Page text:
This Tumbler Grinds and Brews Your Coffee On The Go
We all get by with a little help from our friend caffeine. But on too many occasions, time runs out and we can’t make a fresh cup of coffee before rushing out the door. And then there are the moments when we just want a fresh brew on the go without the expense of visiting our favorite barista. But now there’s an all-in-one tumbler that’s turning coffee making into a portable activity so you can get a freshly roasted caffeine fix any time.
Cafflano is the all-in-one tumbler looking to fix your coffee cravings whenever, wherever. The hand-mill grinder, filter dripper and drip kettle all stack up inside of a thermal mug that gives you the ability to become a mobile barista. The components of the mug are made up of a variety of tough materials that may make it even more durable than your at-home brewing machine: stainless steel, ceramic, silicon and polypropylene. So say buh-bye to that countertop space sucker and hello to this resilient cabinet/car/desk dweller. That mobility does come with a $99 price tag, which is steep but still cheaper than constantly cafe-hopping.
While this brewer is a multi-faceted “singular” device, it does take some work to get that coffee from whole beans into a perfectly brewed cup. First, you have to turn those whole beans into grounds by pouring them into the hand-mill, where you manually grind ’em up until they fit your liking — unless you’ve bought a pre-ground bag ;) Once that process is complete, take out that grinder, pour the grounds into the dripper and pour some water over the top. Then the brewing process begins. Once the dripping action is complete, take out the drip kettle and enjoy your freshly brewed cup of joe in the tumbler. One problem it seems the company hasn’t solved yet is what to do with the other pieces while enjoying that coffee, so bring a bag or container for the dirty components.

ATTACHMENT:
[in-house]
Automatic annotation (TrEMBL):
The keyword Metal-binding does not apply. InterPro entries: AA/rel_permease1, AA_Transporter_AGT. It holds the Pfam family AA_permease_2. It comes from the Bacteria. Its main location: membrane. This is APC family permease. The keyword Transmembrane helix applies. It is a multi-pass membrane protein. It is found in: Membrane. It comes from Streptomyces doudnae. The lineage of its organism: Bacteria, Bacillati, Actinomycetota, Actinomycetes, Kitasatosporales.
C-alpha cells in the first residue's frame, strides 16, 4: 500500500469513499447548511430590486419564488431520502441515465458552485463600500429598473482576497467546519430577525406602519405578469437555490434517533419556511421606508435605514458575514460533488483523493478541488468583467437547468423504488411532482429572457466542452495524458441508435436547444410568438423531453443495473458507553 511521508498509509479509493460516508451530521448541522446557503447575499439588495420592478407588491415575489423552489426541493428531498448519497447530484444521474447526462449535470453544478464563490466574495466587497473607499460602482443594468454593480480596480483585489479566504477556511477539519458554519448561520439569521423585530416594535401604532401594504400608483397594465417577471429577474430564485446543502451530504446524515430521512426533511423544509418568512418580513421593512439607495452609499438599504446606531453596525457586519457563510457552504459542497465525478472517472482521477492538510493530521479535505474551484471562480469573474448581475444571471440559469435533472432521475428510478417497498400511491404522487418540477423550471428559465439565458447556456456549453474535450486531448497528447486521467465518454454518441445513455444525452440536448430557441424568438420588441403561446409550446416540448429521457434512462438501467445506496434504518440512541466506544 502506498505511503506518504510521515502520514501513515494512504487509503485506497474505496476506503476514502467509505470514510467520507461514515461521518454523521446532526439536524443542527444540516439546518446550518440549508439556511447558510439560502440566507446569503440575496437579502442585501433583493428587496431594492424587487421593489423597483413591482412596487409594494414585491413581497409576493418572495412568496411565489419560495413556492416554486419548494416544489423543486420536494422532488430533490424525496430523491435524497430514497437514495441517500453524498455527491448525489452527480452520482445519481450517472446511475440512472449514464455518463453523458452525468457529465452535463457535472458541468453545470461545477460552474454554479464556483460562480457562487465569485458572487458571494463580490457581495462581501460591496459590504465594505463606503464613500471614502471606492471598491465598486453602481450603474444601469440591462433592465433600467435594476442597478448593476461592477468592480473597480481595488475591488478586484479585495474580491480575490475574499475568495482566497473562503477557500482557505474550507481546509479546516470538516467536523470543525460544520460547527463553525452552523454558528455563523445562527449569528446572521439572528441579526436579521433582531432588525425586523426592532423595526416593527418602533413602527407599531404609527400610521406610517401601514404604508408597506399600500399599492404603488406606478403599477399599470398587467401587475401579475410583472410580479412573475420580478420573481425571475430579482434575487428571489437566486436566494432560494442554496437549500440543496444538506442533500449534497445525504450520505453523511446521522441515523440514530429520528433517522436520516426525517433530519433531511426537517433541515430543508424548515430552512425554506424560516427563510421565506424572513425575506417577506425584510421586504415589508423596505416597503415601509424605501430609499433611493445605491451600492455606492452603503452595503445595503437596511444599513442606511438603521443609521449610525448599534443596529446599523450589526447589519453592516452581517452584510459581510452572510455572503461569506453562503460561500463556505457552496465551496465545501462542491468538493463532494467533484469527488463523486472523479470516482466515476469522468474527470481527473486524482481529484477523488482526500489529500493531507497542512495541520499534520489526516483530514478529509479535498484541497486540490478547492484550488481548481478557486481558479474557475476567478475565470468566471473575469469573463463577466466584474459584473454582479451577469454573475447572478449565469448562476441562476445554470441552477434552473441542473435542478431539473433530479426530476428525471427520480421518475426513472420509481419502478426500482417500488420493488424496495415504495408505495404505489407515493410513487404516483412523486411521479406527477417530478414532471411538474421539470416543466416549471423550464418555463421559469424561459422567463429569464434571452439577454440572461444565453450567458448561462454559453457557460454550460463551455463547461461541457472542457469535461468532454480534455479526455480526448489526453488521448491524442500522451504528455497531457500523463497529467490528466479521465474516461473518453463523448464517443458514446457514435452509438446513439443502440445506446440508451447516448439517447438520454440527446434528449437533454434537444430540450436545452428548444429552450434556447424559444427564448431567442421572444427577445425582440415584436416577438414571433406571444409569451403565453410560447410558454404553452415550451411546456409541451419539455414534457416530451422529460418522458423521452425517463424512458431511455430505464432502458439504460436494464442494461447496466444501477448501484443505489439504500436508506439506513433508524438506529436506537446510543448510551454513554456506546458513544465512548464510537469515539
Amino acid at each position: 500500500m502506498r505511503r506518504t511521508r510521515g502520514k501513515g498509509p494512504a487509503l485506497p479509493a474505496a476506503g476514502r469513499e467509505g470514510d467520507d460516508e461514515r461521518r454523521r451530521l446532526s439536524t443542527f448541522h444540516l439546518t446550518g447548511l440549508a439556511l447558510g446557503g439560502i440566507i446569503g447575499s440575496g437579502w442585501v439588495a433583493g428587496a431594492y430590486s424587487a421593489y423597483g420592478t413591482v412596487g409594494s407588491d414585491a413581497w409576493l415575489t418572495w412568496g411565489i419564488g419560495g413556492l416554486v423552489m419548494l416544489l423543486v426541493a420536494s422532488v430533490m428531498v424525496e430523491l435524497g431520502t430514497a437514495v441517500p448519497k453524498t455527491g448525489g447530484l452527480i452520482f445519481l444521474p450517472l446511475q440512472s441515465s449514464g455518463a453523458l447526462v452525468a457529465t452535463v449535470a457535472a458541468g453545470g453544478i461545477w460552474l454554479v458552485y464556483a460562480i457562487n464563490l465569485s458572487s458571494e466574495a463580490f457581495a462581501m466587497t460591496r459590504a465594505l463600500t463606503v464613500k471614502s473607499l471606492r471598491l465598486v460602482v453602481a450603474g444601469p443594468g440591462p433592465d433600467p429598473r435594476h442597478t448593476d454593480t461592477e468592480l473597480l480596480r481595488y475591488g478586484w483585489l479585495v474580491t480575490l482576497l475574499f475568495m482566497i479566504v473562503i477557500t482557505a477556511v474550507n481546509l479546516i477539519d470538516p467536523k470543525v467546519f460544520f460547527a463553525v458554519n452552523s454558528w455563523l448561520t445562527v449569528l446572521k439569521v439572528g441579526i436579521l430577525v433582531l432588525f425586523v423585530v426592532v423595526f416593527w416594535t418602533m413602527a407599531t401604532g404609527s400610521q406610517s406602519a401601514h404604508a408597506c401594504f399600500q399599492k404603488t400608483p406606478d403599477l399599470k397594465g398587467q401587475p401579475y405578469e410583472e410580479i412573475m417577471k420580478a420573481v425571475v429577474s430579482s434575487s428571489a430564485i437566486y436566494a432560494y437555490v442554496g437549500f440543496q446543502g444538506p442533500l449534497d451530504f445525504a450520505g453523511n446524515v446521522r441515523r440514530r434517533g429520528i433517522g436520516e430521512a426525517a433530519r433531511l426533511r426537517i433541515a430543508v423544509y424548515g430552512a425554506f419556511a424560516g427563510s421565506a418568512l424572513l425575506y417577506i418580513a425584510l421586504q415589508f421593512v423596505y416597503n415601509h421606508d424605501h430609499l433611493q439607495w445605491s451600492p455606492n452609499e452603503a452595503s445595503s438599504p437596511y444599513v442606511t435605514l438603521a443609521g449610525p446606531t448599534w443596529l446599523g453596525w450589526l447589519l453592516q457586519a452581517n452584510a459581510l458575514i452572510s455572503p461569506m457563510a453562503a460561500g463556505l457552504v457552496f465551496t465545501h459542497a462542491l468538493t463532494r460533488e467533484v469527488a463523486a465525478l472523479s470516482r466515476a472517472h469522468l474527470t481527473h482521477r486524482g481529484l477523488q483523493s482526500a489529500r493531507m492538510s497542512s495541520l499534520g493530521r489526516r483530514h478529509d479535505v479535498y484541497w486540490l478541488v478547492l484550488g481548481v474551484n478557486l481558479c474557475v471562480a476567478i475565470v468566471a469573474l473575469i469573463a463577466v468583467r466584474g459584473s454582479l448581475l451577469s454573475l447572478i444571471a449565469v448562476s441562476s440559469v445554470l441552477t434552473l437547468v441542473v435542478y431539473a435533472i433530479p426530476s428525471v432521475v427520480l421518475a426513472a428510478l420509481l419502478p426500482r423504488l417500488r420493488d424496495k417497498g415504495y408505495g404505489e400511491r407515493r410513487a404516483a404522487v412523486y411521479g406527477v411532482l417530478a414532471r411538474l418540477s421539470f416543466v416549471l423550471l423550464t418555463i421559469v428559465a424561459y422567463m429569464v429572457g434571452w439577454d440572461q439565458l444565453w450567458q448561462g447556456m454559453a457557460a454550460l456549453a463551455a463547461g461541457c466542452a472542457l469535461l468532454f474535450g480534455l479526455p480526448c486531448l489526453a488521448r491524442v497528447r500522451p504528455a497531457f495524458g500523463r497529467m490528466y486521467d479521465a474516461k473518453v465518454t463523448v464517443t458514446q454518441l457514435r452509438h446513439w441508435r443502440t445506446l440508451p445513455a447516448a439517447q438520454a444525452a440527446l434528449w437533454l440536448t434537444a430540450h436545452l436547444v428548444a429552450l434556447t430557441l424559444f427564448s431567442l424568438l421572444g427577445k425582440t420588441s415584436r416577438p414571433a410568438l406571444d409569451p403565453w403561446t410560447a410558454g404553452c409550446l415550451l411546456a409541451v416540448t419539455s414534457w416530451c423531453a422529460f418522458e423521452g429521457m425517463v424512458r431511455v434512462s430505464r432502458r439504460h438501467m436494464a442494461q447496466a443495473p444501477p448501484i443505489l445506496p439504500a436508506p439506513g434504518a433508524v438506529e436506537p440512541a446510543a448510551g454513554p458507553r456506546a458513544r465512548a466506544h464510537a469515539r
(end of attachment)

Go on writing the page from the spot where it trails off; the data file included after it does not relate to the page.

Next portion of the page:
After getting your coffee making DIY on, prep some homemade creamers for that mug and enjoy a majorly creative cup!
Would you get the Cafflano and how often would you be brewing coffee? Let us know in the comments.
Welcome to Selfmade Finance School, our new money series with Block Advisors to help small business owners with their tax, bookkeeping, and payroll needs year-round. This week, we explore the tax implications of bringing family members into your business.
The question for today is this: Does hiring your family members make sense for your business? Let me be clear. This is not a piece about whether hiring your family members makes sense for your relationships with those family members. As someone who is part of a family business, I could fill up a lot more than 600 words on my opinions about that. For today's purposes, we focus on whether it makes sense from an overall "good business and tax implication" perspective. As it turns out, there is a decent amount of tax nuance when it comes to employing your family. Let's break it down based on relationship to the employee:
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Spouses Who Are In Business Together
Personally, if I had to be in business with my husband, it would not go well. However, many couples build viable, strong businesses together and I say, good for them! Depending on how you have your business entity structured, it will make a big difference on the tax treatment of you and your spouse working as partners. Because a business jointly owned and operated by a married couple is generally treated as a partnership for Federal tax purposes, the spouses must comply with filing and record keeping requirements imposed on partnerships and their partners. The election to file two Schedule C (Form 1040) forms, (one for each spouse) permits certain married co-owners to avoid filing partnership returns, provided that each spouse separately reports a share of all the businesses' items of income, gain, loss, deduction, and credit. Under the election, both spouses will be subject to self-employment tax and on net earnings from self-employment and receive credit for Social Security earnings.